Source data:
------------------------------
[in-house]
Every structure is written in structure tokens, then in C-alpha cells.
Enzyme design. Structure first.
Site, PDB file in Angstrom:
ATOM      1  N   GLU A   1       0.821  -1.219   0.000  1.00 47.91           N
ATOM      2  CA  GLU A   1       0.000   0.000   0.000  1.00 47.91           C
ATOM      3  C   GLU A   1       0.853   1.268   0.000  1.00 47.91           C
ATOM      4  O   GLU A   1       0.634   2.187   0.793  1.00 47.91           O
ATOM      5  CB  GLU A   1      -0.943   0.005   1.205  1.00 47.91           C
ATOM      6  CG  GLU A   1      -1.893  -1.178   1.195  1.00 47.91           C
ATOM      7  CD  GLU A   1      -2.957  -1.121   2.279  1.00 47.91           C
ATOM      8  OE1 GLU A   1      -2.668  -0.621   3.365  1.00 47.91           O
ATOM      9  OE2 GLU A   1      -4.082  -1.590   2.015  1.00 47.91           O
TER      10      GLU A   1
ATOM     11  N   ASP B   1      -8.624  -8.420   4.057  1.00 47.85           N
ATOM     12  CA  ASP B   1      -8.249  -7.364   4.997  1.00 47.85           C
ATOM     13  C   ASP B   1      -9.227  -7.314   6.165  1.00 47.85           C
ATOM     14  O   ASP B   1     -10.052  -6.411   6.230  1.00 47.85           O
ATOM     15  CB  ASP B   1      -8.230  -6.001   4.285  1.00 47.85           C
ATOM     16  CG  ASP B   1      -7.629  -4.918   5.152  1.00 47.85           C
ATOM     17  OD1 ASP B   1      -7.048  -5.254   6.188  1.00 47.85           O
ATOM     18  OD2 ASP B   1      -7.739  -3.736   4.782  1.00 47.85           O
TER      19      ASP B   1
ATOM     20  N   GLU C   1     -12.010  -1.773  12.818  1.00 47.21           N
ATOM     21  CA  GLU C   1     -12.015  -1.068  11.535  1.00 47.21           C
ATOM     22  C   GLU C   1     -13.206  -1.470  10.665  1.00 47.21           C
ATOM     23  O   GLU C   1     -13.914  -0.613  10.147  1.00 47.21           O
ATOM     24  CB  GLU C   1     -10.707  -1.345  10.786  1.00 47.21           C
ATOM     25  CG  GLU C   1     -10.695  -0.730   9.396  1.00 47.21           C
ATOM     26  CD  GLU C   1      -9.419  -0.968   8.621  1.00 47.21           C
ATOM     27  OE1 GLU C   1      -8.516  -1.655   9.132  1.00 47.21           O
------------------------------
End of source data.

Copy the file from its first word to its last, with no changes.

[in-house]
Every structure is written in structure tokens, then in C-alpha cells.
Enzyme design. Structure first.
Site, PDB file in Angstrom:
ATOM      1  N   GLU A   1       0.821  -1.219   0.000  1.00 47.91           N
ATOM      2  CA  GLU A   1       0.000   0.000   0.000  1.00 47.91           C
ATOM      3  C   GLU A   1       0.853   1.268   0.000  1.00 47.91           C
ATOM      4  O   GLU A   1       0.634   2.187   0.793  1.00 47.91           O
ATOM      5  CB  GLU A   1      -0.943   0.005   1.205  1.00 47.91           C
ATOM      6  CG  GLU A   1      -1.893  -1.178   1.195  1.00 47.91           C
ATOM      7  CD  GLU A   1      -2.957  -1.121   2.279  1.00 47.91           C
ATOM      8  OE1 GLU A   1      -2.668  -0.621   3.365  1.00 47.91           O
ATOM      9  OE2 GLU A   1      -4.082  -1.590   2.015  1.00 47.91           O
TER      10      GLU A   1
ATOM     11  N   ASP B   1      -8.624  -8.420   4.057  1.00 47.85           N
ATOM     12  CA  ASP B   1      -8.249  -7.364   4.997  1.00 47.85           C
ATOM     13  C   ASP B   1      -9.227  -7.314   6.165  1.00 47.85           C
ATOM     14  O   ASP B   1     -10.052  -6.411   6.230  1.00 47.85           O
ATOM     15  CB  ASP B   1      -8.230  -6.001   4.285  1.00 47.85           C
ATOM     16  CG  ASP B   1      -7.629  -4.918   5.152  1.00 47.85           C
ATOM     17  OD1 ASP B   1      -7.048  -5.254   6.188  1.00 47.85           O
ATOM     18  OD2 ASP B   1      -7.739  -3.736   4.782  1.00 47.85           O
TER      19      ASP B   1
ATOM     20  N   GLU C   1     -12.010  -1.773  12.818  1.00 47.21           N
ATOM     21  CA  GLU C   1     -12.015  -1.068  11.535  1.00 47.21           C
ATOM     22  C   GLU C   1     -13.206  -1.470  10.665  1.00 47.21           C
ATOM     23  O   GLU C   1     -13.914  -0.613  10.147  1.00 47.21           O
ATOM     24  CB  GLU C   1     -10.707  -1.345  10.786  1.00 47.21           C
ATOM     25  CG  GLU C   1     -10.695  -0.730   9.396  1.00 47.21           C
ATOM     26  CD  GLU C   1      -9.419  -0.968   8.621  1.00 47.21           C
ATOM     27  OE1 GLU C   1      -8.516  -1.655   9.132  1.00 47.21           O